Nixon was ruthless at exercising power – but Obama has one thing Nixon could never dream of; a media that has taken it as a mission to serve as his praetorian guard.
Joe Doakes from Como Park emails:
Conservative makes film about Obama. Conservative gets prosecuted for trivial campaign contribution error. Democrats use the power of government to crush political opponents, same as any banana republic or communist state.
Reminds me of the guy in Washington DC who was convicted of possessing bullets for an antique muzzle-loader while big-shot Democrats go on television waving around assault rifles with impunity.
Good thing I’ve never said anything bad about any Democrat. I probably broke a dozen laws this morning already, starting with using too many gallons to flush the toilet when I took my morning DFL.
All that remains is for Obama to appear on a dais wearing a khaki uniform with eleven stars on the epaulette.
Joe Doakes from Como Park emails:
Since the right to an abortion and the right to bear arms are both fundamental Constitutional rights, this ruling should pave the way to institute some long overdue sensible restrictions on abortions: background checks with photographs and fingerprints, registration with the government, limit to one abortion per year, classroom training before the procedure . . . these are all required to possess a firearm so they should be required to obtain an abortion.
Next, I’d like to see the Star Tribune’s registration and the background checks on their reporters.
The worst part is the “reasoning” the judge uses. Citing a few mass shootings, but carefully avoiding the other 99% of the murders he uses as justification, those being the killings committed with guns that were not registered and will never be registered, carried and used by felons who can never legally own or carry. Nothing in these regulations will address the real problem; therefore, the regulations are not substantially related to a legitimate government purpose and should have been stricken down.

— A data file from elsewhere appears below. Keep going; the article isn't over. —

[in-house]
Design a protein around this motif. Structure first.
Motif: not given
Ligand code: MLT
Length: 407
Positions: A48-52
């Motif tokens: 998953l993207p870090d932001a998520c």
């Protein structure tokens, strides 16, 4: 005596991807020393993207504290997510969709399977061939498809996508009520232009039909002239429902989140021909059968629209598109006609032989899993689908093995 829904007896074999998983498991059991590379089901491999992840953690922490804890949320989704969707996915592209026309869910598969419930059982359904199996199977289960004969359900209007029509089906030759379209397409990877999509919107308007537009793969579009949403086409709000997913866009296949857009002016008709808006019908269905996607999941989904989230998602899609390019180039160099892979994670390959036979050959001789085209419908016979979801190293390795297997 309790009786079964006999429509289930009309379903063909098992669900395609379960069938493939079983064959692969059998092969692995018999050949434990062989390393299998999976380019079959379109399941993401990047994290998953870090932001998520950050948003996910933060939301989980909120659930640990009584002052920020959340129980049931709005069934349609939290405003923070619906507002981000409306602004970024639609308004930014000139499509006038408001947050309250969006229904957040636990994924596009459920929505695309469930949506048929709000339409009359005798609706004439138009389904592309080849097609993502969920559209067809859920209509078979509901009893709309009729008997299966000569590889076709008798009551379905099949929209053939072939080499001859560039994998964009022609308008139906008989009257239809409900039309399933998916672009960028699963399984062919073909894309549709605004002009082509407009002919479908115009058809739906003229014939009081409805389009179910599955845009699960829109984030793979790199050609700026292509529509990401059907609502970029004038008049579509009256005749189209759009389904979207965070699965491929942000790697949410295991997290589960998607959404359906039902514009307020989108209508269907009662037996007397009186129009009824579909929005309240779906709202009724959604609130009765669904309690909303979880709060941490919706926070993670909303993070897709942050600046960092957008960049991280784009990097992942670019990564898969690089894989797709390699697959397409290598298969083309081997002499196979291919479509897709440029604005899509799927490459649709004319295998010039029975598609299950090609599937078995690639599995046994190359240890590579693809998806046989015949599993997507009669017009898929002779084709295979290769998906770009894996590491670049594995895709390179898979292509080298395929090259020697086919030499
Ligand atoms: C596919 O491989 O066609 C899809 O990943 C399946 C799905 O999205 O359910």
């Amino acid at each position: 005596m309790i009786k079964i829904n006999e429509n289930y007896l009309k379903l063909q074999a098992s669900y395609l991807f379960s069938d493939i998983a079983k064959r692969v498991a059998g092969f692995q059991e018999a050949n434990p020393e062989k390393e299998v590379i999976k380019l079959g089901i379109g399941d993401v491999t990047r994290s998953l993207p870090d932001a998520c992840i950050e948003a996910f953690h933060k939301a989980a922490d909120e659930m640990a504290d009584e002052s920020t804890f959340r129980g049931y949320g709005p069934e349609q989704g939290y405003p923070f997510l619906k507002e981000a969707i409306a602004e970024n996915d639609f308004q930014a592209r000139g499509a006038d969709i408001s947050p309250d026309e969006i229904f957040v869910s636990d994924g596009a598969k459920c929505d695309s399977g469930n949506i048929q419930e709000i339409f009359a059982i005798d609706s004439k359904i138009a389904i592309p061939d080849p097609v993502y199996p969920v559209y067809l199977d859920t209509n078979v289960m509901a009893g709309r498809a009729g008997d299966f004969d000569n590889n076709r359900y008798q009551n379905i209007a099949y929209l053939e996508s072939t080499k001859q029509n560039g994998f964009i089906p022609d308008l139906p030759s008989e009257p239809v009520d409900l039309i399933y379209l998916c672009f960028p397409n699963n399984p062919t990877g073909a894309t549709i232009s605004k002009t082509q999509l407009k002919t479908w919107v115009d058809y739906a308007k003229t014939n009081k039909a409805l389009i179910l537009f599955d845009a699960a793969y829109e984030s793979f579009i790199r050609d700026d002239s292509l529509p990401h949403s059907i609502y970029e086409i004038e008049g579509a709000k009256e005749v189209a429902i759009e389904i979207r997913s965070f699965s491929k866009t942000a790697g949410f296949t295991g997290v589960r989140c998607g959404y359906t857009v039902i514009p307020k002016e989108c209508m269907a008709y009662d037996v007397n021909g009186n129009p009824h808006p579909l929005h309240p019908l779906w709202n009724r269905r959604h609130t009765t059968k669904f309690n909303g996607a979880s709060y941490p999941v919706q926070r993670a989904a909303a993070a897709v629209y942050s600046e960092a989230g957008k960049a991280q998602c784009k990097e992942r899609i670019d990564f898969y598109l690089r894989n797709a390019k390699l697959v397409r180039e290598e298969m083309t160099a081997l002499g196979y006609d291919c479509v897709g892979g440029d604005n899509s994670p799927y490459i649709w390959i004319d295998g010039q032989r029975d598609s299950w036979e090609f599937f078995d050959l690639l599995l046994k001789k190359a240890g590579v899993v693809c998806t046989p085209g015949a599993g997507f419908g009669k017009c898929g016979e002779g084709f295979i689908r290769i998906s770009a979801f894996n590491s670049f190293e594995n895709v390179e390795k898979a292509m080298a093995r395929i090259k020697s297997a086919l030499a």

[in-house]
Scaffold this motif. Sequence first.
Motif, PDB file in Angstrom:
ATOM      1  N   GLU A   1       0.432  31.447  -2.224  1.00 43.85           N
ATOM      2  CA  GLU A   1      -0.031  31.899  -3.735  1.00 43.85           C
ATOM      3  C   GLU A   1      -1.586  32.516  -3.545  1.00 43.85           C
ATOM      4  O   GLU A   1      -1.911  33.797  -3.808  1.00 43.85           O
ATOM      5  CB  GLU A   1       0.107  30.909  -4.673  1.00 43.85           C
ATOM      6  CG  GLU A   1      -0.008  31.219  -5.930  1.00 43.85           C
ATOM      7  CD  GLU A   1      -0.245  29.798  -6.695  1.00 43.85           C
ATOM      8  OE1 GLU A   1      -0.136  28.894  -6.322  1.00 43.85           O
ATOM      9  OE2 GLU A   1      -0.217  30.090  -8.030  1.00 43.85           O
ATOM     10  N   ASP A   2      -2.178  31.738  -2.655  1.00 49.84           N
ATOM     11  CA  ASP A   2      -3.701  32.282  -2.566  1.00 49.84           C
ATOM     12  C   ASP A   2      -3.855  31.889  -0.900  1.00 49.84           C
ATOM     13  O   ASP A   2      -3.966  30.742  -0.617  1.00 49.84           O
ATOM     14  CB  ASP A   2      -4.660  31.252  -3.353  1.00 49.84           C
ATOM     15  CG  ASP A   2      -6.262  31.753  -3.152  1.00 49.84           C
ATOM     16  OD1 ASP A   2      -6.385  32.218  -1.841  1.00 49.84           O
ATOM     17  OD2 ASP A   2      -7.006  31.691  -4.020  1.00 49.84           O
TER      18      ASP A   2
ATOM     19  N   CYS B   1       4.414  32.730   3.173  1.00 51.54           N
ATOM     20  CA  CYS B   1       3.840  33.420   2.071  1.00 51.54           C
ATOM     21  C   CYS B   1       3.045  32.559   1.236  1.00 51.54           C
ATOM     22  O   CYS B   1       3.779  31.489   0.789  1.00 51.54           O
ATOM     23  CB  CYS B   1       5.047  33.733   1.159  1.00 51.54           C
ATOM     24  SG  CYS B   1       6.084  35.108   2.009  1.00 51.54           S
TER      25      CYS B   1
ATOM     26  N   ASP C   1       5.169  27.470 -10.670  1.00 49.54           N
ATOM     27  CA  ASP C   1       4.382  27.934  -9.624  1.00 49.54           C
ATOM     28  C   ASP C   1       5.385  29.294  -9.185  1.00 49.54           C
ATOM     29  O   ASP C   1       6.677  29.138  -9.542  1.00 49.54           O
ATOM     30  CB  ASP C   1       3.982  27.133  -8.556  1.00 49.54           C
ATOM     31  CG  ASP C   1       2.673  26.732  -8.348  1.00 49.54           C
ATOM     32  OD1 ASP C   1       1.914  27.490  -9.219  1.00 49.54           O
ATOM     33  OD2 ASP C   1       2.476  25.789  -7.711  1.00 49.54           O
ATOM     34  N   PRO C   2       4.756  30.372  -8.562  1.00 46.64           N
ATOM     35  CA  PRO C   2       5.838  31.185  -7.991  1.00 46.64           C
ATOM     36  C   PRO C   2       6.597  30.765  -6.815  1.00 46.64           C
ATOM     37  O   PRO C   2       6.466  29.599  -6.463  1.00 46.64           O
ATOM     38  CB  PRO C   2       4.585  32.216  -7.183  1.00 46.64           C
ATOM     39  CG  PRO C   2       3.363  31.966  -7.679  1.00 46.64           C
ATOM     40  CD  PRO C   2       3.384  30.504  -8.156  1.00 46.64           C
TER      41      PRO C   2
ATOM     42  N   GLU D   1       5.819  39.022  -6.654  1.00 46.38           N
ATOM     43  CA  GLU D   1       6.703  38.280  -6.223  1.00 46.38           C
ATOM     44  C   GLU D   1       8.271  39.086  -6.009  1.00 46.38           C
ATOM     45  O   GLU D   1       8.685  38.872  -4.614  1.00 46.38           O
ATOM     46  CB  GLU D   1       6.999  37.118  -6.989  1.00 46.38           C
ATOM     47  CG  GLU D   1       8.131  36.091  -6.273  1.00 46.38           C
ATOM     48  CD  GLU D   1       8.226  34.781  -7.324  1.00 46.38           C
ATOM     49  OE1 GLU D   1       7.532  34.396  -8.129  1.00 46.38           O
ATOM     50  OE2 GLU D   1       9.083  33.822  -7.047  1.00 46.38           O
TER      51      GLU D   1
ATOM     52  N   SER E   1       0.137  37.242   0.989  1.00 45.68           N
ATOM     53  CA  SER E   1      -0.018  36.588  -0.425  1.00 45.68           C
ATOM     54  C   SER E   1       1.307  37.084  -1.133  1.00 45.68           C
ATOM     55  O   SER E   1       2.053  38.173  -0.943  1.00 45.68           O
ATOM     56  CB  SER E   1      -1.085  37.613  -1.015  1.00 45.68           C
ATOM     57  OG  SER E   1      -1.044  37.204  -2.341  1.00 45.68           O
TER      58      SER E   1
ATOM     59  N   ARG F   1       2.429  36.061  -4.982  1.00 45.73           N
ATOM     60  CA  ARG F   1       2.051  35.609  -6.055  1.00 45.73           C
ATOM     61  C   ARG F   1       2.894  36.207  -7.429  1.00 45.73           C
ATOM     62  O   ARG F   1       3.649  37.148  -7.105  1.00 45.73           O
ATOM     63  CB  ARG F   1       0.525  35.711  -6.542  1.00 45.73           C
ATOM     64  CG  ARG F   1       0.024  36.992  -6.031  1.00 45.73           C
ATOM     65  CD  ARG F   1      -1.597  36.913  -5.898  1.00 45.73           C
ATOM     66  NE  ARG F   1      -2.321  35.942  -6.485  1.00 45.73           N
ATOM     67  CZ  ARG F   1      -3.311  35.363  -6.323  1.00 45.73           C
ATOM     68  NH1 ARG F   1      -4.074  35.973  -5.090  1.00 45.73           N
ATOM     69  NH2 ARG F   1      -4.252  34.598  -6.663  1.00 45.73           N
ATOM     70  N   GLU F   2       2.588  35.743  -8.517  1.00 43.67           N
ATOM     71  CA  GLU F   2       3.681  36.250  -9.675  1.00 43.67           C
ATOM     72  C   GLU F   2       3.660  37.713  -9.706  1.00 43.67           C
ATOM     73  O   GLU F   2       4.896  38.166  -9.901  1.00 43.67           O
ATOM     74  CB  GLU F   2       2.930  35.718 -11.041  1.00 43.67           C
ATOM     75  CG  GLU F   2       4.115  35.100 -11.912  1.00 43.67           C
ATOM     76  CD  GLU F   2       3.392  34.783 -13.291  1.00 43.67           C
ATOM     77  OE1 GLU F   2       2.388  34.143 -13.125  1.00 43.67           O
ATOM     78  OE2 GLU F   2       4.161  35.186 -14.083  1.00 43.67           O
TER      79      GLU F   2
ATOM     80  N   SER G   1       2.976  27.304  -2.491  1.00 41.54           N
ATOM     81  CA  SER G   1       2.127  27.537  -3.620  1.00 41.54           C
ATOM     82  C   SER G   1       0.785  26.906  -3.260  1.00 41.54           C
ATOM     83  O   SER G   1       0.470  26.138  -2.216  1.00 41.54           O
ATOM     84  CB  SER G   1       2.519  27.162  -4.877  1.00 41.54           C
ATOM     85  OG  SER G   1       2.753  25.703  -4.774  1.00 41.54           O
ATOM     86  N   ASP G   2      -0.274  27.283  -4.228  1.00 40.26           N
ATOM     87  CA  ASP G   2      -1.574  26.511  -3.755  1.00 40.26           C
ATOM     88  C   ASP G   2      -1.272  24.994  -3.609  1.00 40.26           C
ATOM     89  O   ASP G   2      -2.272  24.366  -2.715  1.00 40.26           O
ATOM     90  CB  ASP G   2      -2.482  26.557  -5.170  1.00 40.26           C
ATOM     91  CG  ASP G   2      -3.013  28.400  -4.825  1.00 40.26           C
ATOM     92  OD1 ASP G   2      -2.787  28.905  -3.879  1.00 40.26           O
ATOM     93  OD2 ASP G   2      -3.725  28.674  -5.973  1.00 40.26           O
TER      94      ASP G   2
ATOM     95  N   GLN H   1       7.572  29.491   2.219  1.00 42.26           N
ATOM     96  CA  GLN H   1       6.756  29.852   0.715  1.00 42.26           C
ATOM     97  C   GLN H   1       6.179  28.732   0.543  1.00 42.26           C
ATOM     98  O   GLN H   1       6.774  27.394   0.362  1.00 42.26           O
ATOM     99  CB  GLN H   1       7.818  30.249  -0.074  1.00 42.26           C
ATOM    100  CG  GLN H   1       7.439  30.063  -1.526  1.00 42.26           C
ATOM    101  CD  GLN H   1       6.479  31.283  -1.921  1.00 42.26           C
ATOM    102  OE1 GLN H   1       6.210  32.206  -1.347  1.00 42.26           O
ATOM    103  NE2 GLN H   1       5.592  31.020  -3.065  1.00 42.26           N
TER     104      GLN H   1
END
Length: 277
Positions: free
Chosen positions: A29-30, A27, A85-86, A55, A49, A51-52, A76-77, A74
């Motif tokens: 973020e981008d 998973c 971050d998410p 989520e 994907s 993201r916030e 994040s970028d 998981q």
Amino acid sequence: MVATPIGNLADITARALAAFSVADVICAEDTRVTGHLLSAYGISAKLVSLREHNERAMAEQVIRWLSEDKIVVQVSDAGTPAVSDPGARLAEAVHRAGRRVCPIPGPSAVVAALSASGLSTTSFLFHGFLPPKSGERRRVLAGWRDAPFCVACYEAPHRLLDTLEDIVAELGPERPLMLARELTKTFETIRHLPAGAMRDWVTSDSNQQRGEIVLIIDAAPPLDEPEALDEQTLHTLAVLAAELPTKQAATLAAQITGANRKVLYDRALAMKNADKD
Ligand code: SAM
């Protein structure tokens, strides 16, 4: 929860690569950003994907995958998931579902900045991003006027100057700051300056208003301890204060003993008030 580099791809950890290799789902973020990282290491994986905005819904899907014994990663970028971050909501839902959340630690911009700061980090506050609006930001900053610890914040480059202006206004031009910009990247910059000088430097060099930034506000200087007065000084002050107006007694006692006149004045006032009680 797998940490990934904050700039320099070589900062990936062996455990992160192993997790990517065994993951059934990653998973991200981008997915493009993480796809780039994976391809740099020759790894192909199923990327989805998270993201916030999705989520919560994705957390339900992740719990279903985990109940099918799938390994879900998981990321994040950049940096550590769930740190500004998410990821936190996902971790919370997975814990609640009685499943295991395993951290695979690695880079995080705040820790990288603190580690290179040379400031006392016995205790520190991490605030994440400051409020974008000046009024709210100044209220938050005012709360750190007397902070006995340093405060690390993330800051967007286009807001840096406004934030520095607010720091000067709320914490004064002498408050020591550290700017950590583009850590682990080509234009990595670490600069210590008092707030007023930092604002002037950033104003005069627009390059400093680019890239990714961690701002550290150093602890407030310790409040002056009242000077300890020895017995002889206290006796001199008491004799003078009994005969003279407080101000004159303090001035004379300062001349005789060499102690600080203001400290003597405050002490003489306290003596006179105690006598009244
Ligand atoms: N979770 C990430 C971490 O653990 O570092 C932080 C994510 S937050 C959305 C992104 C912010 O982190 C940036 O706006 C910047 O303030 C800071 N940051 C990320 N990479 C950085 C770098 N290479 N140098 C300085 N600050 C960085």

The epidemic of judges ignoring the Constitution is one we as a society are going to need to deal with if the Constitution is ever to really matter.
If the definition of corruption isn’t “abusing government power to achieve a political end that would never happen on its own“, then I’m not sure there is a meaningful definition.
The IRS scandal has been going on for a solid year now. And while people who care about such things – “such things” as honest, transparent, non-banana-republic government – are up in arms, the media has successfully gundecked the issue.
Let’s run it down:
There is only one word for this – corruption. The kind of thing that would make a Boliviancommandantegag up his skull with embarassment.
The IRS is not just a revenue agency — it is a law-enforcement agency, a police agency with far greater powers of investigation and coercion that any normal police force. Its actions in this matter are not only inappropriate — they are illegal. Using government resources for political ends is a serious crime, as is conspiring to mislead investigators about those crimes. But so far, other than holding Lois Lerner in contempt for refusing to comply with the demands of congressional investigators, almost nothing has happened. The characteristic feature of a police state is that those who are entrusted with the power to enforce the law are not themselves bound by it.
Read the whole thing.
And confront what it really means. Conservatives have been warning for decades that goverment is becoming too big, too powerful, too much an end unto itself, with the whole goal of perpetuating itself.
It’s anti-American, and it needs to be treated as such.
The fact that someone has beaten me to giving the graduation speech I’ve always wanted to give – especially at a Minnesota school - is tempered by the fact that I will never be asked to give one.
Joe Doakes from Como Park emails:
A buddy writes, regarding citizen journalist Andrew Henderson’s acquittal: